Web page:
An Anxious Pastor’s Thoughts on Anxiety

It’s taken me years to admit to myself that I struggle with anxiety. After all, when you’ve been a professional counselor and a pastor, you should have this stuff figured out, right? But I don’t. (At least, not all the way).

Yes, I think I’ve gotten a little better over time. The small things that go sideways don’t stress me out nearly as much. (Like yesterday as I sat for three hours on the side of the freeway waiting for a tow truck because the clutch went out in my car in the middle of bumper-to-bumper traffic.)

But the big stuff… that’s the stuff that still keeps me up at night.

That’s the stuff my brain continues to wake me up at 2:36 in the morning because it thinks I need to be reminded of all the catastrophic things that will go wrong unless I figure something out right NOW.

And yes, I’ve tried all the calming techniques.

I’ve identified all the cognitive distortions. I’ve read Philippians 4:6-7 over and over and over again until I can quote it (Be anxious for nothing… blah, blah, blah). But my brain still thinks panic and worry is the best way to deal with the big problem.

It wasn’t until several years ago when I discovered the “THING” that’s helped me the most with my anxiety. I call it being “honest outloud”.

After one particularly bad episode, when I hadn’t slept all night because I was pacing the floors for hours, I decided to do something radical and tell my wife all of the irrational and embarrassing things I was obsessing over.

And I mean everything.

The big overwhelming stuff. The tiny ridiculous stuff. The stuff I totally made up in my head (because that’s what happens when you’re stuck in an anxiety loop). Everything.

It wasn’t pretty. It didn’t feel great. But it did help.

It helped because (1) I wasn’t alone in all the crappy feelings, and (2) saying the things out loud to another person meant I wasn’t allowing shame to dictate my behaviors.

As you know, struggling with anxiety can be embarrassing.

Our irrational brains (and our sinful natures) tell us to keep all the things we don’t like about ourselves hidden and secret. We believe no one will love or accept us if we admit we’re anxious and freaked out over the things in our lives.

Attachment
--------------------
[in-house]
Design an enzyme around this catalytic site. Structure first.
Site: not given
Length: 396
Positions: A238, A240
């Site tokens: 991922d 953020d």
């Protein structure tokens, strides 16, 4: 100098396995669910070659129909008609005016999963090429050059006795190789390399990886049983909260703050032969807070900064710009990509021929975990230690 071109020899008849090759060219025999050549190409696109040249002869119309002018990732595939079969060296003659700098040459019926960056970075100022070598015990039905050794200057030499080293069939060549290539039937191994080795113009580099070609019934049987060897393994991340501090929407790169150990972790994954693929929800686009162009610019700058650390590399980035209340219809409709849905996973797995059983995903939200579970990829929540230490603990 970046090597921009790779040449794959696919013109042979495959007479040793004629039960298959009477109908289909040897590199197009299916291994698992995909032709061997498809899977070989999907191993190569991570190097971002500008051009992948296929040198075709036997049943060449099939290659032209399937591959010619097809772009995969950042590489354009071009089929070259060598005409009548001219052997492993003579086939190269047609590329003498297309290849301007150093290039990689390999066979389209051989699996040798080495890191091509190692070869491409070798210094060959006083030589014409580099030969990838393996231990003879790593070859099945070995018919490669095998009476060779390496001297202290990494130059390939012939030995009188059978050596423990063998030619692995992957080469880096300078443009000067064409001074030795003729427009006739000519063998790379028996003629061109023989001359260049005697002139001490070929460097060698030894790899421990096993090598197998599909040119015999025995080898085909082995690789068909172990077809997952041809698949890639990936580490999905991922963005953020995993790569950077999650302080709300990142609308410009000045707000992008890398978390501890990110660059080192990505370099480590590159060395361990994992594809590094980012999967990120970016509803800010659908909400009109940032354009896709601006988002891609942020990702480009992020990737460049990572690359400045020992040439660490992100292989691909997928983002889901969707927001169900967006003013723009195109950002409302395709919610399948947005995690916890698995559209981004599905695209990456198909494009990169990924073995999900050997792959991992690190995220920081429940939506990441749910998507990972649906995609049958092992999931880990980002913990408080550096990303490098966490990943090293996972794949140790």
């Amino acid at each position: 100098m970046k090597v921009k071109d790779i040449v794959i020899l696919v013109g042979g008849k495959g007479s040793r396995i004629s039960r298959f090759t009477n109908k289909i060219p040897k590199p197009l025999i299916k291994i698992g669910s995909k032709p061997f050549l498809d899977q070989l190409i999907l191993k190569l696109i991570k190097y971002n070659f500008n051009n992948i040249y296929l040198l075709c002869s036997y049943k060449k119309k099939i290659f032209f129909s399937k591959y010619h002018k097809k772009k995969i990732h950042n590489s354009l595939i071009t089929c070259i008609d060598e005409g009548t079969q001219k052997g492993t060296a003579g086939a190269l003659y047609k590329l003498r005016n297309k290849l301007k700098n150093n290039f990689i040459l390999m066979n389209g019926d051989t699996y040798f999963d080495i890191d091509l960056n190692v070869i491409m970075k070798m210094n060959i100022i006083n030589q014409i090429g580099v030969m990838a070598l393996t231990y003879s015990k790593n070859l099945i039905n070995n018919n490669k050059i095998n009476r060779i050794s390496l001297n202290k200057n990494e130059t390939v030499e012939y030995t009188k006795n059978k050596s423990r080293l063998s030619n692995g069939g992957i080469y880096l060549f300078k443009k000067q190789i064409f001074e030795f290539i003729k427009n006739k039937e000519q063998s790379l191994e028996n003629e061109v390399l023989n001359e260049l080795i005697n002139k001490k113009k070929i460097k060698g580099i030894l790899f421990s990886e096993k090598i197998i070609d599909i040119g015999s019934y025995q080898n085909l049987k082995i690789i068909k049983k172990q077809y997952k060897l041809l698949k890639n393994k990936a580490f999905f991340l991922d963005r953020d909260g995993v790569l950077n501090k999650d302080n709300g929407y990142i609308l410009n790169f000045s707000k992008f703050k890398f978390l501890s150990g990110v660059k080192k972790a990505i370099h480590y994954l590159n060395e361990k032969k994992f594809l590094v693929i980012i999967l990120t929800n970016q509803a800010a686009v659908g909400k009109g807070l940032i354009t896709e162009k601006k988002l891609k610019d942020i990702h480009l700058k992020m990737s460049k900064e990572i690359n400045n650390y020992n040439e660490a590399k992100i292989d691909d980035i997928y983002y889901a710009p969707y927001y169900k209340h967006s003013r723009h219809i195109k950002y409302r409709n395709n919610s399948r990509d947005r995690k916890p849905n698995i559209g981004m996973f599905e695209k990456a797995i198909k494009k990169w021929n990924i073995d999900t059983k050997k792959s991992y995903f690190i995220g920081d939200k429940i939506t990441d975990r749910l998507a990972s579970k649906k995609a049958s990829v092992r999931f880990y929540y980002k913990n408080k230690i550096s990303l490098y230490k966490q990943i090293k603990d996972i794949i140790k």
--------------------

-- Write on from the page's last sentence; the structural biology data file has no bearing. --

So we isolate. We avoid. And we make things worse.

Here’s where I’ve ended up in my own journey with anxiety.

Worry, insecurity, and fear of the unknown are all normal human emotions. Nowhere does scripture promise us that Christ will take away things that make us uncomfortable.

Instead, scripture is really clear that Christ knows and understands our normal human experiences. Christ has been through what we’ve been through... YES, even anxiety. He came down in human form to experience (and model how to deal with) the FULL range of human emotion.

And how did Christ deal with his worry and anxiety? He started by being honest out loud.

“Jesus took Peter and the two sons of Zebedee along with him, and he began to be sorrowful and troubled [ that’s the anxiety part . Then he said to them , “My soul is overwhelmed with sorrow to the point of death. Stay here and keep watch with me.” [ and this is the honest out loud with someone else part .

To paraphrase the rest of the story… “Father, if there’s any way this cup could be taken from me, I’d be okay with it. But, I get it. Not my will, but yours be done.

Honest. Out loud. With people. That’s the way to start dealing with anxiety.

This Sunday, August 20th, Mark Miller’s going to join us at BCC to talk openly and honestly about anxiety. If you struggle with anxiety, this is your personal invitation to try something new—to be honest out loud with someone else—to be part of the conversation and experience the relief of sharing and connecting with others. To no longer carry your fear and worry alone.


Paul Elmore
WCC Care Pastor